9. I didn’t prune my tomatoes last year, but I did do some surgery when the branches began to turn brown at the end of the season…. at one point, the plants looked like they had been amputated on one side, it was so lopsided. But I had tomatoes into October, so I was willing to go with it – the taste seems to make up for the work I guess….
    Your note about the towels made me remember how hard it was to do the laundry a couple weeks ago – raspberries and strawberries were made into jam, frozen, baked, etc. all day and they made appearances in the oddest places on my clothes. Who knew stains could get in under the hem of my pants????

  10. Amanda, as you can see from the responses, you certainly don’t need to prune them! Let’s see how time-crunched and tired you are. If they’re caged they might be just fine.

    Tameson, hah! I…have come to not hate the scent of tomato plants! I used to just not like them. Now, I guess I am agnostic. I really just don’t like their sap. But yes, the Bartholomew method (and a few other of my gurus use it and love it, like Eliot Coleman and Shepherd Ogden) would require that I erect something that won’t fall over! A tall order in this clay soil. Nope. The stems off the fallen maple branch are adequate. But it might be time for a towel color change…for ME.

    Pamela, as an art major in college, I majored in whine and cheese!

    Heather, 8000 plants? Wow, even I don’t have such ambition!! And is your hubby tall? Sounds like the Jolly Green Giant coming in from the fields! But it seems you know this dilemma well, and have dealt with it…admittedly in a color-clashing manner 😉

    Jules, well, you know the vigor of tomato plants: those cuttings should root up quite nicely. In fact I saw a couple rooting quite nicely atop the compost heap where I threw them so I knew it was time to turn the pile! But yeah actually my aim WAS a smaller, better harvest, especially with the more persnickety tomatoes I grow: I figured a big root system and fewer fruits (and leaves) means that those fruit will be getting the nutrients they need. But you’re done with tomatoes? We had our first fried green one yesterday, that’s how behind we are up here!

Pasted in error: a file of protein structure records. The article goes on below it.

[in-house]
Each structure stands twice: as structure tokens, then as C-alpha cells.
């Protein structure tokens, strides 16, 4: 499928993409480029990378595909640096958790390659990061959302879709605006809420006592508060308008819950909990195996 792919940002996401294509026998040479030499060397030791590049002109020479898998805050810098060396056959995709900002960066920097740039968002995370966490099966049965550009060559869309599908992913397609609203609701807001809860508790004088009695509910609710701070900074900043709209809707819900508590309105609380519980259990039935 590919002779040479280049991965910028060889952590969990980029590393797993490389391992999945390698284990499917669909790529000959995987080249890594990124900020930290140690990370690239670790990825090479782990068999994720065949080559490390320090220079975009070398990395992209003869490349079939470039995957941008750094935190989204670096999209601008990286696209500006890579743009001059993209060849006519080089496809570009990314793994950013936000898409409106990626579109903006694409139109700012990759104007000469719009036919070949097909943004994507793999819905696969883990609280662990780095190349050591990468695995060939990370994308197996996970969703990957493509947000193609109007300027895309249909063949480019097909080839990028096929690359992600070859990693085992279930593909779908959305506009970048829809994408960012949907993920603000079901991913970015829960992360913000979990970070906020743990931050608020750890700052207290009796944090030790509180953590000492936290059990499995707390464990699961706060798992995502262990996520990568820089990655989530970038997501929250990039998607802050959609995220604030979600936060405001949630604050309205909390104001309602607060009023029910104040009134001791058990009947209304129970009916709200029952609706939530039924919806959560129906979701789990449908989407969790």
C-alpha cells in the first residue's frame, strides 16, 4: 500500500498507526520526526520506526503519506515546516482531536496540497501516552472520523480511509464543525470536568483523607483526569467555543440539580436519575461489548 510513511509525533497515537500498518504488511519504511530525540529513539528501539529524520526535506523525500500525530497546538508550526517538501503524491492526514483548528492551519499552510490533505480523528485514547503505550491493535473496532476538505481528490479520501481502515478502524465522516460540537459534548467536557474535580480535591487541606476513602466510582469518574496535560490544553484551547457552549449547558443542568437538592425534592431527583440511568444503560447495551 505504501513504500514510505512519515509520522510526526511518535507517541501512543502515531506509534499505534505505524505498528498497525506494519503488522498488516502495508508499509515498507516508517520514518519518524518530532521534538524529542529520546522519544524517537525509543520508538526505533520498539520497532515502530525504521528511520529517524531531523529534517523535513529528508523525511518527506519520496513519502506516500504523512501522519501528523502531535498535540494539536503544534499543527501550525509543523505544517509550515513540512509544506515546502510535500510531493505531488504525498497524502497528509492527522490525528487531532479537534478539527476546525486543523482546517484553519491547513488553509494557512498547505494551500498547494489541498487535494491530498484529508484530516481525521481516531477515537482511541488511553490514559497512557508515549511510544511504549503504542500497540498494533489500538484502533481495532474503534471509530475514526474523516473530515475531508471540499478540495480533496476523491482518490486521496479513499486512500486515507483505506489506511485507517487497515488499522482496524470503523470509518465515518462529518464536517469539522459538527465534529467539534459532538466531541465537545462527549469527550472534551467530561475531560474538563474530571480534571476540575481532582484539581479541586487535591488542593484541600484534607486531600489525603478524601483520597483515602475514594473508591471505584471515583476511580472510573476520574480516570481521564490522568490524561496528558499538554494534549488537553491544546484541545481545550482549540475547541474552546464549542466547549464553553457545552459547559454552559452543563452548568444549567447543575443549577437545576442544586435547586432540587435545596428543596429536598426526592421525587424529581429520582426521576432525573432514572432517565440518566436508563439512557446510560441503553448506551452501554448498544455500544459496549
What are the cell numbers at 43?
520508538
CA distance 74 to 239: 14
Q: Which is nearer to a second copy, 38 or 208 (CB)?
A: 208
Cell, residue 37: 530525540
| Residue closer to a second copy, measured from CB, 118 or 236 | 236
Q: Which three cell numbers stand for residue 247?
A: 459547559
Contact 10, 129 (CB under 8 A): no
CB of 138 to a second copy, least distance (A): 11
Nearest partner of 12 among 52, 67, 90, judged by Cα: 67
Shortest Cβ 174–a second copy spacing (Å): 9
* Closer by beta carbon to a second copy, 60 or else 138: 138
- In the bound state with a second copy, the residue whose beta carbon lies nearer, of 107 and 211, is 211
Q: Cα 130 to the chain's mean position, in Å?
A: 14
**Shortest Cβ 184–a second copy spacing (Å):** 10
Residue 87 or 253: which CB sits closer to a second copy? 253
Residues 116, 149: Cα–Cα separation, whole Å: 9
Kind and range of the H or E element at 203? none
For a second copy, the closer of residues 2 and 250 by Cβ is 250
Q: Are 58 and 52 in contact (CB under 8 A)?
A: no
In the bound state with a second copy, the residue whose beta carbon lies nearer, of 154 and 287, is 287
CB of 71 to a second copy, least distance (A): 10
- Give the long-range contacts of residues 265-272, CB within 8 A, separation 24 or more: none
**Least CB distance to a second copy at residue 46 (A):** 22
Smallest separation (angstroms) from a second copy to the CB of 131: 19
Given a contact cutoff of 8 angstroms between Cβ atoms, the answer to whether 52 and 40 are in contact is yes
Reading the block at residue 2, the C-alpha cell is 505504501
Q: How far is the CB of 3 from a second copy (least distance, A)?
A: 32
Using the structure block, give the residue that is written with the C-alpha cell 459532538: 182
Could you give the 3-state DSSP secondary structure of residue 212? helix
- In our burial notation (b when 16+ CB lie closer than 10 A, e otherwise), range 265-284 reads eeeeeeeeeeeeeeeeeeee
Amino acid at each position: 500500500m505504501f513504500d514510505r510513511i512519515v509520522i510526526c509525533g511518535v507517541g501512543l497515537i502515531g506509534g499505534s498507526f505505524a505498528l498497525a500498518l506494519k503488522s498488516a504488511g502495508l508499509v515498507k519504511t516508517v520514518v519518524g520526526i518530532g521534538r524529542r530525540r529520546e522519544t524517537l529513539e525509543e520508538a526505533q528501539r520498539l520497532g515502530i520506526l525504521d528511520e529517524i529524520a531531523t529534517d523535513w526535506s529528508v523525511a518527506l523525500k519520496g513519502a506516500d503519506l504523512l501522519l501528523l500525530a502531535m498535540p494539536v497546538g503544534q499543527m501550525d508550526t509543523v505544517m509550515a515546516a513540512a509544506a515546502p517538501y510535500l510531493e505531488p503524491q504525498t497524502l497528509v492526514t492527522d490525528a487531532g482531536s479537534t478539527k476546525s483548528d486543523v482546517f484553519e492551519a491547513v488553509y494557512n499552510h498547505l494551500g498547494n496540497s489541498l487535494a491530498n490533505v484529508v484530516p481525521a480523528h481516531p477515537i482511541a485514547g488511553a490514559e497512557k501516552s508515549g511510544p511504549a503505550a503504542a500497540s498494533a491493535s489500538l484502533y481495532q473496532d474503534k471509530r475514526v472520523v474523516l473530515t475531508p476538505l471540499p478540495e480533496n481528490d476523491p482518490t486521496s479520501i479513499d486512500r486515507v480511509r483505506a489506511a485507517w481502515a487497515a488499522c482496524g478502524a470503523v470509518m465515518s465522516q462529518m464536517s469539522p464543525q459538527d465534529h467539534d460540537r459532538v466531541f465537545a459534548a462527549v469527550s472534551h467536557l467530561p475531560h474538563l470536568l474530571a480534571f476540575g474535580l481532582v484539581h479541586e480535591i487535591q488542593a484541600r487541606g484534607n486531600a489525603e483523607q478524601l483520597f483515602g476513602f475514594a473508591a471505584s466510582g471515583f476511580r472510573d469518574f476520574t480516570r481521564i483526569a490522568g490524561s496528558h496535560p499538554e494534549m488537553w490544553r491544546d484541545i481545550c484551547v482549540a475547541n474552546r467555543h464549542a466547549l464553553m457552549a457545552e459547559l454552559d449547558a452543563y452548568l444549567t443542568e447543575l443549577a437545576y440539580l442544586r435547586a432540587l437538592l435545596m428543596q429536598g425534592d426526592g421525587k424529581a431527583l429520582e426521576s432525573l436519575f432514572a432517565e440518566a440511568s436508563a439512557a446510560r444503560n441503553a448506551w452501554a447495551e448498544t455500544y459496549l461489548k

Firefly, as ever, the astute observation! In point of fact the only time our dryer gets turned on is to knock the hair off of things before they go to finish drying outside on the line. But you’re right; I’d need to get over some dog hair at first. Luckily Penny (a blue heeler) doesn’t shed much, our shepherd was a different story…But yes, tomato plants do have that distinctive stink!

    Stef, I have that reaction too, though not quite as bad: I have found that if I cover my arms with lotion before I do the dreaded deed, I have less itching and easier clean-up. This requires forethought however and I never truly know what I am going to do in the garden until I get there. But yeah, you don’t need to prune to get a harvest.

    Ed, we made those cages for the school’s plants, and our house came with six of them…which are used by the determinate tomatoes, frankly, because I don’t prune them. But yeah, you don’t need to know how! Like I said, the reason I do it is to give a leg up to the more sensitive amongst my plants, as I want a harvest of big tomatoes for the most part…not a harvest of a million tomatoes! So if you have more than you know what to do with, you might want to try pruning. Or not!

    MC, welcome to the world of food prep! I would say wearing an apron helps, but it doesn’t 😉 I just wear white t-shirts every day, as they, like those white towels, are easy to clean. And jeans, which usually cover all manner of funk. But yes, having tomatoes into October: I have found that trimming does give you long-lasting plants too…except at one point of the season I cry UNCLE and pull them all out!

  11. I’m at the Uncle point. Mine all had rust, like my neighbor’s down the street, so they look terrible. Not setting any new flowers or fruit, blowing over in strong winds, looking pitiful, something eating even the GREEN ones, not just the pink ones. It just got too hot here. I’m going to start over in a new bed with my cuttings, hoping for some more at a later date. We didn’t have nearly the fruit we had last year when I didn’t prune.